examined, ed. by John Francis McDermott (Urbana, 111.. 1967), pp. 

2 All these maps are in Record Croup 77. See, for example, U.S. 
Maps 41 and 131 for Nicollet, and Map Q 7-1 for the Des Moines 
River map entitled "A Survey of the Des Moines River from the 
Racoon Fork to the Mouth Made in July 1S41 by Lieut. I. C. Fre- 
mont, Corps. Topi. Engineers." 

anxious to finish it [the map], to go and recover my health with 
my friends in St. Louis" (Nicollet to Jules de Mun, Washington, 
D.C., 1 Dec. 1840, Missouri Historical Society). 

I have often wondered why Wheat did not consider Nicollet's 
work to be "Transmississippi" in nature, and include it in Vol. 1 
of his sweeping study of western cartography. It clearly extended 
our knowledge of the Missouri River region between St. Louis 
and Fort Pierre, and of the region between Devils Lake and the 
headwaters of the Mississippi. 

A set of manuscript charts which shows how the two men 
cooperated in their field observations is too extensive to be pre- 
sented here, consisting of sixty-seven folio sheets tracing their 
day-to-day progress up the Missouri in 1839. Some of the earliest 
sheets are missing, and the charts begin just below the Auxvasse, 
in Missouri, on 7 April, extending to Fort Pierre (now Pierre, 
S.D.), 12 June 1839. The final three sheets show the overland 
route of the party from Pierre to Devils Lake. Folios 386-87 
show the area traversed in late April and early May, including 
the highly important complex of trading houses and missionary 
establishments in the present Omaha area.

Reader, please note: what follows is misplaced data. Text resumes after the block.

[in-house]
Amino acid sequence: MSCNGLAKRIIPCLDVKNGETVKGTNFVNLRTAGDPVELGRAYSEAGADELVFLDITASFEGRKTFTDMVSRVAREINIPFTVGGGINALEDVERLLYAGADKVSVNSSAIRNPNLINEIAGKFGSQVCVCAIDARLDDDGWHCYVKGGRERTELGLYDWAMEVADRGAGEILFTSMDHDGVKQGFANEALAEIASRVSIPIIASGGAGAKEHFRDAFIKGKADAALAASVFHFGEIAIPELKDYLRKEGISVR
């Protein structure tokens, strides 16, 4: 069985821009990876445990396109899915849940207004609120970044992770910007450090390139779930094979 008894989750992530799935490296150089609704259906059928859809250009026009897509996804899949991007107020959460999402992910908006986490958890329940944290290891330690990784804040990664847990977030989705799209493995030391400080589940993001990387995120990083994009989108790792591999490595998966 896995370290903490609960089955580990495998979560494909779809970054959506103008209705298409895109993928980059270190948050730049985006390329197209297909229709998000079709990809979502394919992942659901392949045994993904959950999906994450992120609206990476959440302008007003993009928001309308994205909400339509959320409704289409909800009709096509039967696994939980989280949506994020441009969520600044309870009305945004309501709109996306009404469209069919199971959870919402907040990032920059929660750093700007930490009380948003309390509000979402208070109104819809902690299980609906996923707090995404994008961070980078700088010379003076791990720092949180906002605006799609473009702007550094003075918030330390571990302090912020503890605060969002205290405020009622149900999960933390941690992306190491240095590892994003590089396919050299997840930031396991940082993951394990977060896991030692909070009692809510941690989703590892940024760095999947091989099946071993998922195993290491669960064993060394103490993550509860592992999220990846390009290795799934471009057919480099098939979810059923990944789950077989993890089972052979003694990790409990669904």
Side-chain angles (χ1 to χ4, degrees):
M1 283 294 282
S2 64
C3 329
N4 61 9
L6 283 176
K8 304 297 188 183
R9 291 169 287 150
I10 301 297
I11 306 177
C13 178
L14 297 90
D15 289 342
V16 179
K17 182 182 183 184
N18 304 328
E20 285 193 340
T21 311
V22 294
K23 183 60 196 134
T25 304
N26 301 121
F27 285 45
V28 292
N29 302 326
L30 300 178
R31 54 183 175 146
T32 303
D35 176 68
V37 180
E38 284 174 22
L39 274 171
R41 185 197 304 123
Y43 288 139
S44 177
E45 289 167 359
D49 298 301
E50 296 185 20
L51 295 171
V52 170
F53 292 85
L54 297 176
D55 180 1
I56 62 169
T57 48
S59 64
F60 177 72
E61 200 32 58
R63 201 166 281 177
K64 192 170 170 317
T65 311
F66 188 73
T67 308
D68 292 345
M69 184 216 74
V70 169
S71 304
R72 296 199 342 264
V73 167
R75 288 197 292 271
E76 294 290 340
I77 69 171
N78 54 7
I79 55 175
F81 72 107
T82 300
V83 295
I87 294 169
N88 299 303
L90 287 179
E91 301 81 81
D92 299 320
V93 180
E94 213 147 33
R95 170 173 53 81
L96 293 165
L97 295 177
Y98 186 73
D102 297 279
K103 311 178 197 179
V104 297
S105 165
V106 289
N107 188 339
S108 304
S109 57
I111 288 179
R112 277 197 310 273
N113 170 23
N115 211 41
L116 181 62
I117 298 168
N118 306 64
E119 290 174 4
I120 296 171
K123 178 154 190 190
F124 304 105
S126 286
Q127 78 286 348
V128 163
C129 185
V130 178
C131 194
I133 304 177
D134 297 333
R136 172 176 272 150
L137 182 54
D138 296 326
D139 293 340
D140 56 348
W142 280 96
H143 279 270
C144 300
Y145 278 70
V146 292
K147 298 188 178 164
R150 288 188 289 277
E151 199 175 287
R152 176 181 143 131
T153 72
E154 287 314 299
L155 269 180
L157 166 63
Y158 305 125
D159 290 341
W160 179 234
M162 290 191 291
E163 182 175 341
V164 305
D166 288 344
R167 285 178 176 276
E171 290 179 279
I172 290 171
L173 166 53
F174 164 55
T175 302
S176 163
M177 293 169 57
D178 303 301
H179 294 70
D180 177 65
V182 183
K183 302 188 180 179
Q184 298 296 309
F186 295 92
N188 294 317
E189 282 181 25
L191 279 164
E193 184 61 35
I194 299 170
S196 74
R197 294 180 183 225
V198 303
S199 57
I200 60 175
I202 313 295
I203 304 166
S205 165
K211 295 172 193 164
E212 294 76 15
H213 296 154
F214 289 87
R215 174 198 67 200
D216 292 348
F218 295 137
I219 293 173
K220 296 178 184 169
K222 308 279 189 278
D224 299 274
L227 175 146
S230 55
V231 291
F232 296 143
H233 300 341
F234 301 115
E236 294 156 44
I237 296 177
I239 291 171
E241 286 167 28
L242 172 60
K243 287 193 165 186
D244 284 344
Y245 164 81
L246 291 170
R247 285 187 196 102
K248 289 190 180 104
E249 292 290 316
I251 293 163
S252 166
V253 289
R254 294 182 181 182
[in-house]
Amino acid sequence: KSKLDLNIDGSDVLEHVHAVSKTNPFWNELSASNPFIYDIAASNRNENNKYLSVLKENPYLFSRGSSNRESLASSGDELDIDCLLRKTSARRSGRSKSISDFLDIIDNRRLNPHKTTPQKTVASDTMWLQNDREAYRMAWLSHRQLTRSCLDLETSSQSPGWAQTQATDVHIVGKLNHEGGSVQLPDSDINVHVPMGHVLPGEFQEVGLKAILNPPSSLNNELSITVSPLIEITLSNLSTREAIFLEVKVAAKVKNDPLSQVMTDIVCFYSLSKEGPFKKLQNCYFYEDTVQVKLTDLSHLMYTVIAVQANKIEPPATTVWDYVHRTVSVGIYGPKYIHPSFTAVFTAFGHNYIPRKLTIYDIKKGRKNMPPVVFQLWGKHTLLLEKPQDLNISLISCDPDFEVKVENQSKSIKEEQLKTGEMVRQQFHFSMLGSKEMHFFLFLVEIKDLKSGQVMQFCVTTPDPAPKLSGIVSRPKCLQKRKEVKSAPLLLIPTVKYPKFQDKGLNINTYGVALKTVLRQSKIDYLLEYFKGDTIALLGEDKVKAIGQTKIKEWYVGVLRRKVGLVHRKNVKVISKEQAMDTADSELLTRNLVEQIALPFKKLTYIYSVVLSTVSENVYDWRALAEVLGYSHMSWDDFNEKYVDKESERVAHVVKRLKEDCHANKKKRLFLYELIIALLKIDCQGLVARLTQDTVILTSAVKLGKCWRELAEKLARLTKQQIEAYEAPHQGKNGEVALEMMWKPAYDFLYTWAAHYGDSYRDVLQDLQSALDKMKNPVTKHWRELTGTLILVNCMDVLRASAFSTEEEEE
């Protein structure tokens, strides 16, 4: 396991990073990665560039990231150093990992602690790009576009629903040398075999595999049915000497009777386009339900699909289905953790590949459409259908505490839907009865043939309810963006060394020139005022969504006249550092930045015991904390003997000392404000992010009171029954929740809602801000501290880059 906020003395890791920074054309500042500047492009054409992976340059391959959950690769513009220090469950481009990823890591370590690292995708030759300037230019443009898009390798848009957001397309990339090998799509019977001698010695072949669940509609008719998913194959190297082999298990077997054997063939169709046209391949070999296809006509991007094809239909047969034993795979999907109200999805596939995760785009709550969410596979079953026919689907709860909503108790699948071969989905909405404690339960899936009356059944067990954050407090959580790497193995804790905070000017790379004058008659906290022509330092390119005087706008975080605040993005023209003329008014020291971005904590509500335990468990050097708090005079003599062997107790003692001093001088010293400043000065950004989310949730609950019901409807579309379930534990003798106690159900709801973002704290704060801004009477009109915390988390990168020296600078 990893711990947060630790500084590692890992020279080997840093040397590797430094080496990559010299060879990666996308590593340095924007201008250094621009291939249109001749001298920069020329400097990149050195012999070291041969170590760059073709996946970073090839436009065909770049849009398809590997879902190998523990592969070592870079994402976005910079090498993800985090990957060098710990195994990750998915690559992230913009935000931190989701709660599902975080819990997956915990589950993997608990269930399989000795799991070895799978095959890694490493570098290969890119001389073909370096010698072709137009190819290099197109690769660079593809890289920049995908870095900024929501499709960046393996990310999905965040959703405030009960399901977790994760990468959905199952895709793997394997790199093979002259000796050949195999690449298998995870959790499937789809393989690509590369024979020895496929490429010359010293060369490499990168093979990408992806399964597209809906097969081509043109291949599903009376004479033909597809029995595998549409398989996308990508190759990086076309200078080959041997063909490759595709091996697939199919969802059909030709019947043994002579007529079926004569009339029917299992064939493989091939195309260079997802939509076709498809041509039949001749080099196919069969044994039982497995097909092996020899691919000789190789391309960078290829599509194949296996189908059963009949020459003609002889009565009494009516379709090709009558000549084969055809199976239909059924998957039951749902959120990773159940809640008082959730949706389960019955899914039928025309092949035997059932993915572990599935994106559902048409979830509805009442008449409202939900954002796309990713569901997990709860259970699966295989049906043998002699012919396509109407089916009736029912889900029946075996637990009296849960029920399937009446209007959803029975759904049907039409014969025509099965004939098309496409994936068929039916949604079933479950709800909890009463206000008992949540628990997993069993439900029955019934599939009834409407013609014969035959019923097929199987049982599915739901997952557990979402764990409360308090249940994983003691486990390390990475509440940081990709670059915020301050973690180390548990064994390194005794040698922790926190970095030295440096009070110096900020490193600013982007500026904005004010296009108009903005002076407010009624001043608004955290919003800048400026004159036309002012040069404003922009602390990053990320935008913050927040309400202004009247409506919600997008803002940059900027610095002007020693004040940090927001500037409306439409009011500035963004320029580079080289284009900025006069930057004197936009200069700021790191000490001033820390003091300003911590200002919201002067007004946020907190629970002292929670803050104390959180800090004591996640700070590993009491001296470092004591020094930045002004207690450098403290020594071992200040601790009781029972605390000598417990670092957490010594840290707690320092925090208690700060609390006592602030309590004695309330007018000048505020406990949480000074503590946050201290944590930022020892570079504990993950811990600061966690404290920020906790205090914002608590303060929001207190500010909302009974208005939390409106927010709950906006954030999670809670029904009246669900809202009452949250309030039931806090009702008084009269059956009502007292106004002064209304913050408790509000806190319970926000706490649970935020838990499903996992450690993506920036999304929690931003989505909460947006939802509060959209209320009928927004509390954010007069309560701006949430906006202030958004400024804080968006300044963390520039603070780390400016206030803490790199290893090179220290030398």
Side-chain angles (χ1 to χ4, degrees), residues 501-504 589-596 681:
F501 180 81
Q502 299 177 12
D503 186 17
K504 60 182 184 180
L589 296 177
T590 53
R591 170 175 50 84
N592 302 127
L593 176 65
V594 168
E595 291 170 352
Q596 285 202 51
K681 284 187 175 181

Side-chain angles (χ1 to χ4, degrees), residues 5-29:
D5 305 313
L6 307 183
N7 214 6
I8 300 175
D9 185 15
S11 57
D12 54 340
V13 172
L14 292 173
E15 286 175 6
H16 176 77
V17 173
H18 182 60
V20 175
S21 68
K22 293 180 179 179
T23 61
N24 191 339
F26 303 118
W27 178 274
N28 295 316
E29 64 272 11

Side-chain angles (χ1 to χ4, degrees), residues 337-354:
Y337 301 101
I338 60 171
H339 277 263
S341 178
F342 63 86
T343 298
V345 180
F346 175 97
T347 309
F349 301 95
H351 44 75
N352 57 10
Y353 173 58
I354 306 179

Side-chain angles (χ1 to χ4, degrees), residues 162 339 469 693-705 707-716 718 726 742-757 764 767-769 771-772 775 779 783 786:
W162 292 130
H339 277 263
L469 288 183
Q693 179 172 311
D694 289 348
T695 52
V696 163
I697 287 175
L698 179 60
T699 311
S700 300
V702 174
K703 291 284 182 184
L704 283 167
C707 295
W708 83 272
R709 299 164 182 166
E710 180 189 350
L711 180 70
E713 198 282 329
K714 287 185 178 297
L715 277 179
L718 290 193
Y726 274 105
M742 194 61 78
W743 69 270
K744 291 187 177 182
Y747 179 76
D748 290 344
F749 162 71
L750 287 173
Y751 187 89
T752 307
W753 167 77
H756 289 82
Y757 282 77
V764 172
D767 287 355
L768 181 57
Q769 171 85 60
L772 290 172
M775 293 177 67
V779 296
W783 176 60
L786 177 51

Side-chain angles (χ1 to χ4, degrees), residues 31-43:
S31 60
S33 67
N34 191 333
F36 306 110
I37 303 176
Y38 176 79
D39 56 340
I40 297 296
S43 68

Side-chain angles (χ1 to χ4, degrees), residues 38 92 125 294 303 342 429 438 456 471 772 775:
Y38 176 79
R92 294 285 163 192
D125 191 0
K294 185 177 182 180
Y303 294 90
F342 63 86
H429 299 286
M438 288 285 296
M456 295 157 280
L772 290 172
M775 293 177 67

These charts, bearing many notations in the hand of Fremont 
as well as Nicollet (some in French), are the earliest large-scale 
charts of the Missouri that I have seen. The original manuscripts 
comprise Part 2, Vol. 2, of the Nicollet Papers, Library of Con- 

The Nicollet map was issued in a rather small edition in 1842, 
without the accompanying report, and at a scale of 1/600,000. 
The report and map were published the following year by the 
Senate — the map redrawn to a scale of 1/1,200,000 — and again 
published by the House in 1845. Copies of the 1842 map seem to 
be rather scarce today. I found one in the National Archives, two 
in the Library of Congress, but did not attempt a full census. 3 

For the 1843 edition which was to accompany the report, the 
map was done over completely. The format was enlarged to a 
point where Nicollet complained that detail was lost, the letter- 
ing was redone, and many place-names were added. For exam- 
ple, on the 1842 version there are no towns within the interior of